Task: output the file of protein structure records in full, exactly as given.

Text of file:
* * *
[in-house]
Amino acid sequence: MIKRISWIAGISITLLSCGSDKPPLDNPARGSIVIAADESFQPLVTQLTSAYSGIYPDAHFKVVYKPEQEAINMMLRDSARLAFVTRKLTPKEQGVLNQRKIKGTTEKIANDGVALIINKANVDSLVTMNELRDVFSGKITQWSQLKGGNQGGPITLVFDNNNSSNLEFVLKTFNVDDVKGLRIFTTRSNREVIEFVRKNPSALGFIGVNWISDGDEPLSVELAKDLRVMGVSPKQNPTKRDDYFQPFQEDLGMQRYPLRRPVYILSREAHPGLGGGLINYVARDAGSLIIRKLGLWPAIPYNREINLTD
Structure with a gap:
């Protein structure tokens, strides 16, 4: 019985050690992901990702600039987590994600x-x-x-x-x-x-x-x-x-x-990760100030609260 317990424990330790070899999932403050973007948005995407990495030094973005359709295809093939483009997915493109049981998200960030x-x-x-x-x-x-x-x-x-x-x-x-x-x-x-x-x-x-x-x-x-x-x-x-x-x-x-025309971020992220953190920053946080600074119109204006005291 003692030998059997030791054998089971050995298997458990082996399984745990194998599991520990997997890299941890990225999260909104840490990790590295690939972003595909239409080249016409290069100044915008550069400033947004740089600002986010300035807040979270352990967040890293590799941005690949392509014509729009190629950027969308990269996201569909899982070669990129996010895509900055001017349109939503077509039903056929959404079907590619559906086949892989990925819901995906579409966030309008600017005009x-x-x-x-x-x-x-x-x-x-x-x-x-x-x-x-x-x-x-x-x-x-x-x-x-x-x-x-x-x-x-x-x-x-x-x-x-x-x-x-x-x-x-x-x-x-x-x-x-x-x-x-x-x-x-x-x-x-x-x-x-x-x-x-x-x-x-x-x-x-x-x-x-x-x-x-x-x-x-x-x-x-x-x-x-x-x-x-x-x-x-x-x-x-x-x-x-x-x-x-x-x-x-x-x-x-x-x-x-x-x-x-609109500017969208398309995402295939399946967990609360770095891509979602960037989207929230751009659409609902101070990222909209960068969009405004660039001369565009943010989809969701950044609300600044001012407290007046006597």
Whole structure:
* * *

[in-house]
Amino acid sequence: MIKRISWIAGISITLLSCGSDKPPLDNPARGSIVIAADESFQPLVTQLTSAYSGIYPDAHFKVVYKPEQEAINMMLRDSARLAFVTRKLTPKEQGVLNQRKIKGTTEKIANDGVALIINKANVDSLVTMNELRDVFSGKITQWSQLKGGNQGGPITLVFDNNNSSNLEFVLKTFNVDDVKGLRIFTTRSNREVIEFVRKNPSALGFIGVNWISDGDEPLSVELAKDLRVMGVSPKQNPTKRDDYFQPFQEDLGMQRYPLRRPVYILSREAHPGLGGGLINYVARDAGSLIIRKLGLWPAIPYNREINLTD
Structure with a gap:
């Protein structure tokens, strides 16, 4: 019985050690992901990702600039987590994600x-x-x-x-x-x-x-x-x-x-990760100030609260 317990424990330790070899999932403050973007948005995407990495030094973005359709295809093939483009997915493109049981998200960030x-x-x-x-x-x-x-x-x-x-x-x-x-x-x-x-x-x-x-x-x-x-x-x-x-x-x-025309971020992220953190920053946080600074119109204006005291 003692030998059997030791054998089971050995298997458990082996399984745990194998599991520990997997890299941890990225999260909104840490990790590295690939972003595909239409080249016409290069100044915008550069400033947004740089600002986010300035807040979270352990967040890293590799941005690949392509014509729009190629950027969308990269996201569909899982070669990129996010895509900055001017349109939503077509039903056929959404079907590619559906086949892989990925819901995906579409966030309008600017005009x-x-x-x-x-x-x-x-x-x-x-x-x-x-x-x-x-x-x-x-x-x-x-x-x-x-x-x-x-x-x-x-x-x-x-x-x-x-x-x-x-x-x-x-x-x-x-x-x-x-x-x-x-x-x-x-x-x-x-x-x-x-x-x-x-x-x-x-x-x-x-x-x-x-x-x-x-x-x-x-x-x-x-x-x-x-x-x-x-x-x-x-x-x-x-x-x-x-x-x-x-x-x-x-x-x-x-x-x-x-x-x-609109500017969208398309995402295939399946967990609360770095891509979602960037989207929230751009659409609902101070990222909209960068969009405004660039001369565009943010989809969701950044609300600044001012407290007046006597």
Whole structure: